|we make a ladder for ourselves of our vices, if we trample those same vices underfoot (St. Augustine)||de vitiis nostris scalam nobis facimus, si vitia ipsa calcamus|
|(correctum)to make correct, make right||corrigo|
|(fem. sing. gen.) (the queen), the vices OF WHOM were many||cuius|
|(trans.) to make, do, act, perform, cause, bring about||facio|
|a child of those tears (St. Augustine)||filius istarum lacrymarum|
|a gilded bit does not make for a better horse (Seneca)||non faciunt meliorem equum aurei freni|
|a loan (Dare mutuumto = Make a loan.)||mutuus|
|a monster whose vices are not redeemed by a single virtue (Juvenal)||monstrum nulla virtute redemptum a vitiis|
|a part of humanity rejoices consistently in its vices and pursues its purpose; many more waver between doing what is right and complying with what is wrong (Horace)||pars hominum vitiis gaudet constanter, et urget propositum; pars multa natat, modo recta capessens, interdum pravis obnoxia|
|adapt, adjust, make ready, or fit||adapto|
|alas!, how galling it is to be injured by one against whom you dare not make a complaint! (Publilius Syrus)||heu!, quam miserum est ab eo lædi, de quo non ausis queri!|
|an ass among apes (i.e., a fool among people who make a fool of him)||asinus inter simias|
|and these were the dishes wherein to me, hunger-starved for you, they served up the sun and moon (St. Augustine)||et illa erant fercula, in quibus mihi esurienti te inferebatur sol et luna|
|Any man can make a mistake; only a fool keeps making the same one||Cuiusvis hominis est errare; nullius nisi insipientis in errore perseverare|
|between bridge and stream the Lord’s mercy may be found (St. Augustine)||misericordia Domini inter pontem et fontem|
|bravery and endurance make a man a Roman (Livy)||et facere et pati fortiter Romanum est|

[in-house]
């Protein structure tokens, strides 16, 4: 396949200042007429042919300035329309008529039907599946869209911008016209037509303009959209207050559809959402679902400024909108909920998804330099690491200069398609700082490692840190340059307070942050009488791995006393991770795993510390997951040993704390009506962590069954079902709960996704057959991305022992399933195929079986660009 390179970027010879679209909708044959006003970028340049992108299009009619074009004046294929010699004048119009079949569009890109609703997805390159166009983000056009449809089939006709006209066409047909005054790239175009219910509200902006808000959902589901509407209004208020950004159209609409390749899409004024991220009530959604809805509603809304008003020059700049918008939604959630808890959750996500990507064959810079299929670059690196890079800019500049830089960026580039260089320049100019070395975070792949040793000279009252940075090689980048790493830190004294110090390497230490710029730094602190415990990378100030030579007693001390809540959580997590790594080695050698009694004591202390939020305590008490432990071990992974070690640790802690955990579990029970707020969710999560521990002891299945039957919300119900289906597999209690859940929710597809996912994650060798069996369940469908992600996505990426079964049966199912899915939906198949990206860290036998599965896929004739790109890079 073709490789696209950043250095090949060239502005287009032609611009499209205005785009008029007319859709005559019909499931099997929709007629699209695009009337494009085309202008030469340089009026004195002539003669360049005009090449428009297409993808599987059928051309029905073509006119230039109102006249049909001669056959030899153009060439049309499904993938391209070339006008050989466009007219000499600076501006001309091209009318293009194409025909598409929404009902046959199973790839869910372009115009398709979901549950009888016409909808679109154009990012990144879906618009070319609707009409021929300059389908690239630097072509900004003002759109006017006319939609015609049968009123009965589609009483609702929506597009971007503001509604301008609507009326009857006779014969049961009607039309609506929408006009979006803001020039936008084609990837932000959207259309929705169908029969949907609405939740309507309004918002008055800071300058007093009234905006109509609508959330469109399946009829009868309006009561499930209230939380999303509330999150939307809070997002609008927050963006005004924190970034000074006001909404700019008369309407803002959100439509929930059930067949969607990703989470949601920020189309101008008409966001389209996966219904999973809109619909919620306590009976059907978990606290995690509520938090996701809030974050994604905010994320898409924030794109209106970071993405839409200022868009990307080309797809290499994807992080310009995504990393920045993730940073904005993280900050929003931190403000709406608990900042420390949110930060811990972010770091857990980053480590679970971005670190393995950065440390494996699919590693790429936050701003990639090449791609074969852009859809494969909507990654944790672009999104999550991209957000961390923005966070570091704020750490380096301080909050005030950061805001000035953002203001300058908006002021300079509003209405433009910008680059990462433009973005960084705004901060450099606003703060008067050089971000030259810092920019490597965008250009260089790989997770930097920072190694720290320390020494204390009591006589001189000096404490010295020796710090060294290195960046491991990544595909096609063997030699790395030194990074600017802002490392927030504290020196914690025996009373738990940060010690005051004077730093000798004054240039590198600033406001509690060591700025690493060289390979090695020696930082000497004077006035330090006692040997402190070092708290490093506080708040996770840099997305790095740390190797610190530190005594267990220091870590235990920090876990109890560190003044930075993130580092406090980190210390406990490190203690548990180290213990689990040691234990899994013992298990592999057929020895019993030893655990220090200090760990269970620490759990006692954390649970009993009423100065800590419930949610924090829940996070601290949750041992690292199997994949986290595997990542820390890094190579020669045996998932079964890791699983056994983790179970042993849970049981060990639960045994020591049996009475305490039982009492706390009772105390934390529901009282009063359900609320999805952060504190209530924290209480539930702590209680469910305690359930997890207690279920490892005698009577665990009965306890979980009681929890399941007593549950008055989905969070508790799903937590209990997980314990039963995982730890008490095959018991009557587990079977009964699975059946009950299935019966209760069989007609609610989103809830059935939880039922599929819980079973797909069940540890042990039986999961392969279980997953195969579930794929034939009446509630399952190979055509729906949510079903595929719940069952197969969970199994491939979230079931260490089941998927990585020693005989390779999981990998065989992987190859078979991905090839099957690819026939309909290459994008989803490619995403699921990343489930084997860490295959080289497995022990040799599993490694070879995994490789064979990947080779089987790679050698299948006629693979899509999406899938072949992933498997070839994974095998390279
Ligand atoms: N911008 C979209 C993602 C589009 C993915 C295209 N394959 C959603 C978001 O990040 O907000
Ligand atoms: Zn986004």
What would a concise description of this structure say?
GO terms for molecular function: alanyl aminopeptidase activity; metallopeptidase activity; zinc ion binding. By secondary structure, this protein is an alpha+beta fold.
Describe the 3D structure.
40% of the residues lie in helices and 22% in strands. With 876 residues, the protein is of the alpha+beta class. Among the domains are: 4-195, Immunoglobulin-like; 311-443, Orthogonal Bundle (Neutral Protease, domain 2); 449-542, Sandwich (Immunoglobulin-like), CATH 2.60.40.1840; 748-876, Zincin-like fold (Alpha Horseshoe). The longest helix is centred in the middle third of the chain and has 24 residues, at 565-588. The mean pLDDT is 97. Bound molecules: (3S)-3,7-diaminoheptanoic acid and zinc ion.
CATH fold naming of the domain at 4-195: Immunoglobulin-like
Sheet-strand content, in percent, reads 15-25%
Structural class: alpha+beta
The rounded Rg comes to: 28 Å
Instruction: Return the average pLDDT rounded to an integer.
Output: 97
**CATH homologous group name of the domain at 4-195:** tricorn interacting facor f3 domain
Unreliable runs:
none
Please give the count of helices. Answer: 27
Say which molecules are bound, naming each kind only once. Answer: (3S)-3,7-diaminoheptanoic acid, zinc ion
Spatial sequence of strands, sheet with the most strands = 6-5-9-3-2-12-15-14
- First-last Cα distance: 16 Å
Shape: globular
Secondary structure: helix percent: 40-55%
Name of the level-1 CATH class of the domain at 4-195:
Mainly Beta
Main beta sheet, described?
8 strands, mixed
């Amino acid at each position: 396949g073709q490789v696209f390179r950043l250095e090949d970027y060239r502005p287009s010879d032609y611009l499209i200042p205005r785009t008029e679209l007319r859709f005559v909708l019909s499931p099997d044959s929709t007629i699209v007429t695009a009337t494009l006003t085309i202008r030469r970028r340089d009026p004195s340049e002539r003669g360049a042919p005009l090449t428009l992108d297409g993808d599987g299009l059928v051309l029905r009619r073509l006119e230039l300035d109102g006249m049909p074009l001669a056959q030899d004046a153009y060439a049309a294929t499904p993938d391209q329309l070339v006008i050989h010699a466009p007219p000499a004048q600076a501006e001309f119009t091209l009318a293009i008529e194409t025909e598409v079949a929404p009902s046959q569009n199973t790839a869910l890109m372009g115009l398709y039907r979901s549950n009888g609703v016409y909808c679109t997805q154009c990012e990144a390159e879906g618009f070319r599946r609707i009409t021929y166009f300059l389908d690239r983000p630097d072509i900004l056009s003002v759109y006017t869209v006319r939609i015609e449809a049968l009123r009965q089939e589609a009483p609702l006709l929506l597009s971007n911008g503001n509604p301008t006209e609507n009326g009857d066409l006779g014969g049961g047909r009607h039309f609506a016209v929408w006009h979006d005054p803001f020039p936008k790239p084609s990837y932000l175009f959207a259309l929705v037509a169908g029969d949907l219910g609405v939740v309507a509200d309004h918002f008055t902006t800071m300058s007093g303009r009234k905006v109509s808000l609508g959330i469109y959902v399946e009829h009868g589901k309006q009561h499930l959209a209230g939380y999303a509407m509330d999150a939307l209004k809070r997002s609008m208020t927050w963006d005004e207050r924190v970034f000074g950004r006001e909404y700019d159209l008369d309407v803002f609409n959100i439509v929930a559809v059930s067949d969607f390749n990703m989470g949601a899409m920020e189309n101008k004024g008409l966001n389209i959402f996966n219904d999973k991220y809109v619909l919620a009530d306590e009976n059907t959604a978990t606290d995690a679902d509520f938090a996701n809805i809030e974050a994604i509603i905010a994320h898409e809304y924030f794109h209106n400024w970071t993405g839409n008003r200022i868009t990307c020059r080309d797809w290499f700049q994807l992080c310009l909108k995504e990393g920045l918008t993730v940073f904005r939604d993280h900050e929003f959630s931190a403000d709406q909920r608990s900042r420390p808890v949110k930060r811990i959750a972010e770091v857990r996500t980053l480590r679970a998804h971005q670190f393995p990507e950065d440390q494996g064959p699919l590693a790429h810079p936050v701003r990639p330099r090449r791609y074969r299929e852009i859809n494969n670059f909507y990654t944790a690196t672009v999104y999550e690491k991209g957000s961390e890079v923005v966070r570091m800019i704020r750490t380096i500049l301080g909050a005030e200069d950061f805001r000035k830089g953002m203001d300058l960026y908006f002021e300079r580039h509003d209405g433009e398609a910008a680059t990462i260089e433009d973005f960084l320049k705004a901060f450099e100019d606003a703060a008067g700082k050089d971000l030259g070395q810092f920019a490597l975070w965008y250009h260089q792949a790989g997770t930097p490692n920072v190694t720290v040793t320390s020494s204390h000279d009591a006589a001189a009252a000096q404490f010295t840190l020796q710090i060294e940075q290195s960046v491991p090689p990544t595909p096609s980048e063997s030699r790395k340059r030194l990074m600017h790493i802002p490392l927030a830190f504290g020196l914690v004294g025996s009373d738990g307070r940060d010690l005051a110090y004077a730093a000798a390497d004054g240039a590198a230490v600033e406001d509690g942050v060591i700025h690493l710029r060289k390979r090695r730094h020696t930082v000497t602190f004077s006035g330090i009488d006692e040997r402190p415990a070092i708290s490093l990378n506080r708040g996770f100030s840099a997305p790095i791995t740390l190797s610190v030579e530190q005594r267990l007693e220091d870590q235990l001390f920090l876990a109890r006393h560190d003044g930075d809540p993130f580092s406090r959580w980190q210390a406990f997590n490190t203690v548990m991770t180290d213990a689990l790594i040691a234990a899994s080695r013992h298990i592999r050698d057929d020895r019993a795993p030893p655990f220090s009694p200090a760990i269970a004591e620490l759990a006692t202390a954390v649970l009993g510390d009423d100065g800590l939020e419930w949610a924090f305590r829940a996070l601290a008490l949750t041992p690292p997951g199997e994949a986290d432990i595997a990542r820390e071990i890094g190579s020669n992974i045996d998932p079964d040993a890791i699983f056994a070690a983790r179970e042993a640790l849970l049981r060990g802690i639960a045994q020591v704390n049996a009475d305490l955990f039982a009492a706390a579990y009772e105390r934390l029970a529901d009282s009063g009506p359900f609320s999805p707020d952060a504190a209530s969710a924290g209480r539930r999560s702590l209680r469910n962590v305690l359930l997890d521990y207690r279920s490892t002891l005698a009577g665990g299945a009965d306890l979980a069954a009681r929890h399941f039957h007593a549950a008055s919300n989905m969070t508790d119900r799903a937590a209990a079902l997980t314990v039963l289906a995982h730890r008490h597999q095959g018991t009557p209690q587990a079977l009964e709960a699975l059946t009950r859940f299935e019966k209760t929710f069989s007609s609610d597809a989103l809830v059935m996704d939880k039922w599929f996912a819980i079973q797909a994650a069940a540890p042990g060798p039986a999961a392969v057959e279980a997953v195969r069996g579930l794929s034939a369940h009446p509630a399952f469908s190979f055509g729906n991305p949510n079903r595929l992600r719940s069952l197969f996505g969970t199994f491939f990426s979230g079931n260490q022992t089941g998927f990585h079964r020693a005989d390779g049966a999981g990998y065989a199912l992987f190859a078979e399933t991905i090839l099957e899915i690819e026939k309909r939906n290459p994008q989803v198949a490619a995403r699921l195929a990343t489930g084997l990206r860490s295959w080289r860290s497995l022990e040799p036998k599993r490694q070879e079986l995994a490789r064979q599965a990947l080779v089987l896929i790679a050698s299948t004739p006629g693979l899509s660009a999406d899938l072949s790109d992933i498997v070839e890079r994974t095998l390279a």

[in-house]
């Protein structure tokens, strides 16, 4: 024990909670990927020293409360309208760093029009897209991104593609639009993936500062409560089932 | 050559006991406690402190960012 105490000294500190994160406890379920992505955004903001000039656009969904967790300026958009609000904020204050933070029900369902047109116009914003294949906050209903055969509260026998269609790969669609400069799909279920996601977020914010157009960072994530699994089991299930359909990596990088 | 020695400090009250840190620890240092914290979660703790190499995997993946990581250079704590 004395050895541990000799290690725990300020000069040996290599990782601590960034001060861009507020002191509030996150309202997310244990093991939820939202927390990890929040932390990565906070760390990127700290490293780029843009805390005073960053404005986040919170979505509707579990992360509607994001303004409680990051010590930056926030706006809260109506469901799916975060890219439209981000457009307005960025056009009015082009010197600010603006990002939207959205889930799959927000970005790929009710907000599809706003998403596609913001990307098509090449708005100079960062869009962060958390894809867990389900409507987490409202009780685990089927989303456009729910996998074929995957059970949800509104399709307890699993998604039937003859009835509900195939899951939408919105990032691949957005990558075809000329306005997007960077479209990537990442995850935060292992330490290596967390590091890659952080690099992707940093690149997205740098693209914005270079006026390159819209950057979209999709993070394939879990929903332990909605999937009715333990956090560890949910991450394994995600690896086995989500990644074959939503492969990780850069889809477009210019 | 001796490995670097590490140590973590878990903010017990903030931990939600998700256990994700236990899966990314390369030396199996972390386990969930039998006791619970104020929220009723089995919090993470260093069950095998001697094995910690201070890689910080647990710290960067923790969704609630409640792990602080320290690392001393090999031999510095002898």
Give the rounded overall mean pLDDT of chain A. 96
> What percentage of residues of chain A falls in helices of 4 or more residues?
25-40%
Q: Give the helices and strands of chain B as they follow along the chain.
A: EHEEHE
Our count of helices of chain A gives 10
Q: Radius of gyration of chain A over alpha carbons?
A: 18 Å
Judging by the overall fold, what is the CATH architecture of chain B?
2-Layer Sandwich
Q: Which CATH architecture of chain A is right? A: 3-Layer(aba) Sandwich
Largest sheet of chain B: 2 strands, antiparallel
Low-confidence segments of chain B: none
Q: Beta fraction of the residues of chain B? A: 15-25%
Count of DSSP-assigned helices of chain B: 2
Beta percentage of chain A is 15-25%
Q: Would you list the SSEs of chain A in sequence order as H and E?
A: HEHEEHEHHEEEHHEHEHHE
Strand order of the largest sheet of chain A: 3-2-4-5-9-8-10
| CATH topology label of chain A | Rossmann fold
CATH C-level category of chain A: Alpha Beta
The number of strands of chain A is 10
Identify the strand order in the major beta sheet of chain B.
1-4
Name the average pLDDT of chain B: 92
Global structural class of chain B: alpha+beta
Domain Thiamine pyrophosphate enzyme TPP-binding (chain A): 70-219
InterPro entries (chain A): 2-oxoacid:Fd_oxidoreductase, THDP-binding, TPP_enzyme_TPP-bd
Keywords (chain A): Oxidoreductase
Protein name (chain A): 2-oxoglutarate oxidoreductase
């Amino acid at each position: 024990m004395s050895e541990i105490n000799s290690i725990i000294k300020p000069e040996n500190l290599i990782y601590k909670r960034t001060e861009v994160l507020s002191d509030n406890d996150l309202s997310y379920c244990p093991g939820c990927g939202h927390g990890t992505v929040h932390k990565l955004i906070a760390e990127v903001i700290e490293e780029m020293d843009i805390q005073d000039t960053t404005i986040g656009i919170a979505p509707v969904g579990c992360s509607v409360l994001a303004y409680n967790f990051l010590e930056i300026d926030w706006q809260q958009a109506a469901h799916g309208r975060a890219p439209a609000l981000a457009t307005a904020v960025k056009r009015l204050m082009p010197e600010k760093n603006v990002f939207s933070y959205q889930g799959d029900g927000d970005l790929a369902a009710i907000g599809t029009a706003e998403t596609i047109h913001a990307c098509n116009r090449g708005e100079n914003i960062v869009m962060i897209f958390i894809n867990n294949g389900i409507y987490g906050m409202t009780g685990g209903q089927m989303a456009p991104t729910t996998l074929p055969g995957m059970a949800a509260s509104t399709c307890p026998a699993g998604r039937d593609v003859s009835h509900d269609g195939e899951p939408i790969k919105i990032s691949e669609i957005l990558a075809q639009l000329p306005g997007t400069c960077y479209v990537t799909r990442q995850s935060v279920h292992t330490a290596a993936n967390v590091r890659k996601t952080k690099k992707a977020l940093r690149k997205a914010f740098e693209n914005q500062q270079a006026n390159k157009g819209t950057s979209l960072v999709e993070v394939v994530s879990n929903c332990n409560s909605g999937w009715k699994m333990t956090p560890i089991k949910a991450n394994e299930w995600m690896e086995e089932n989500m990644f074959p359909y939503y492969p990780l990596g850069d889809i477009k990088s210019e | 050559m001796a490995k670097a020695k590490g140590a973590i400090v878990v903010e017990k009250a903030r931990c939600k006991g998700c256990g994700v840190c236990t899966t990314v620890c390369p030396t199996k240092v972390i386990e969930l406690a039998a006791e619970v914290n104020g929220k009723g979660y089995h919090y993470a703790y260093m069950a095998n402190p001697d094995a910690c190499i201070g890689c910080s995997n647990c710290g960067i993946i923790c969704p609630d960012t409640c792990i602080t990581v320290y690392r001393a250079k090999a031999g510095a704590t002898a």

|Build (castles) in the air. (St. Augustine)||In aere aedificare|
|by-and-by has no end (St. Augustine)||modo, et modo, non habebent modum|
|circumstances do not make a man weak, but they show what manner of man he is (Thomas à Kempis)||occasiones namque hominem fragilem non faciunt, sed qualis sit ostendunt|
|custom is a second nature (St. Augustine)||consuetudo est secunda natura|
Translations: 1 – 20 / 295
EUdict (European dictionary) is a collection of online dictionaries for the languages spoken mostly in Europe. These dictionaries are the result of the work of many authors who worked very hard and finally offered their product free of charge on the internet thus making it easier to all of us to communicate with each other. Some of the dictionaries have only a few thousand words, others have more than 320,000. Some of the words may be incorrectly translated or mistyped.
Esperanto is only partially translated. Please help us improve this site by translating its interface.
Total number of language pairs: 498
Total number of translations (in millions): 14.4
New: Belarusian<>Russian, Portuguese<>Russian, Japanese (Kanji)<>Russian
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There are two Japanese-English (and Japanese-French) dictionaries and one contains Kanji and Kana (Kana in English and French pair due to improved searching). For the same reason the Chinese dictionary contains traditional and simplified Chinese terms on one side and Pinyin and English terms on the other.
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My name is Tomislav Kuzmic, I live in Croatia and this site is my personal project. I am responsible for the concept, design, programming and development. I do this in my spare time. To contact me for any reason please send me an email to tkuzmic at gmail dot com. Let me take this chance to thank all who contributed to the making of these dictionaries and improving the site's quality:
EUdict is online since May 9, 2005 and English<>Croatian dictionary on tkuzmic.com since June 16, 2003.